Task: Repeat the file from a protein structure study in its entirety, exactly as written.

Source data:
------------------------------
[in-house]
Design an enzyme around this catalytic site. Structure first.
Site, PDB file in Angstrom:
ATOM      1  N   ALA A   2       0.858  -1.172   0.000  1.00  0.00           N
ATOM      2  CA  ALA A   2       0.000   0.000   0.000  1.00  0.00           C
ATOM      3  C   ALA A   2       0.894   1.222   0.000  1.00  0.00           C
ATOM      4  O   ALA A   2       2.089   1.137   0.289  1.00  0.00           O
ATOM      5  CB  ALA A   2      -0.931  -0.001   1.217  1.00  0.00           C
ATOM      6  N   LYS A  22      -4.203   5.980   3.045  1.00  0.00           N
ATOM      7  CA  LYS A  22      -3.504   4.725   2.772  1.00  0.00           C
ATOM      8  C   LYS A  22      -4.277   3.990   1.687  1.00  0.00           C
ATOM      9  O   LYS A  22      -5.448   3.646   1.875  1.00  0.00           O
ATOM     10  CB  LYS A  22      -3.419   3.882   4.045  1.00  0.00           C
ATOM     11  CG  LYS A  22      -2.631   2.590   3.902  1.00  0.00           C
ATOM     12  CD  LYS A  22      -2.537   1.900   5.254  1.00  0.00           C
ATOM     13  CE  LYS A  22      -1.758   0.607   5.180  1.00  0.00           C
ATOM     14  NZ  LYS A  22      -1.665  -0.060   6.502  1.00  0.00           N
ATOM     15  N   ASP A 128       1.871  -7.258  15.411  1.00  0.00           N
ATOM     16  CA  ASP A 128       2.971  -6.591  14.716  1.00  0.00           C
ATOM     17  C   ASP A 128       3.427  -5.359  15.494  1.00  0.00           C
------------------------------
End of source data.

[in-house]
Design an enzyme around this catalytic site. Structure first.
Site, PDB file in Angstrom:
ATOM      1  N   ALA A   2       0.858  -1.172   0.000  1.00  0.00           N
ATOM      2  CA  ALA A   2       0.000   0.000   0.000  1.00  0.00           C
ATOM      3  C   ALA A   2       0.894   1.222   0.000  1.00  0.00           C
ATOM      4  O   ALA A   2       2.089   1.137   0.289  1.00  0.00           O
ATOM      5  CB  ALA A   2      -0.931  -0.001   1.217  1.00  0.00           C
ATOM      6  N   LYS A  22      -4.203   5.980   3.045  1.00  0.00           N
ATOM      7  CA  LYS A  22      -3.504   4.725   2.772  1.00  0.00           C
ATOM      8  C   LYS A  22      -4.277   3.990   1.687  1.00  0.00           C
ATOM      9  O   LYS A  22      -5.448   3.646   1.875  1.00  0.00           O
ATOM     10  CB  LYS A  22      -3.419   3.882   4.045  1.00  0.00           C
ATOM     11  CG  LYS A  22      -2.631   2.590   3.902  1.00  0.00           C
ATOM     12  CD  LYS A  22      -2.537   1.900   5.254  1.00  0.00           C
ATOM     13  CE  LYS A  22      -1.758   0.607   5.180  1.00  0.00           C
ATOM     14  NZ  LYS A  22      -1.665  -0.060   6.502  1.00  0.00           N
ATOM     15  N   ASP A 128       1.871  -7.258  15.411  1.00  0.00           N
ATOM     16  CA  ASP A 128       2.971  -6.591  14.716  1.00  0.00           C
ATOM     17  C   ASP A 128       3.427  -5.359  15.494  1.00  0.00           C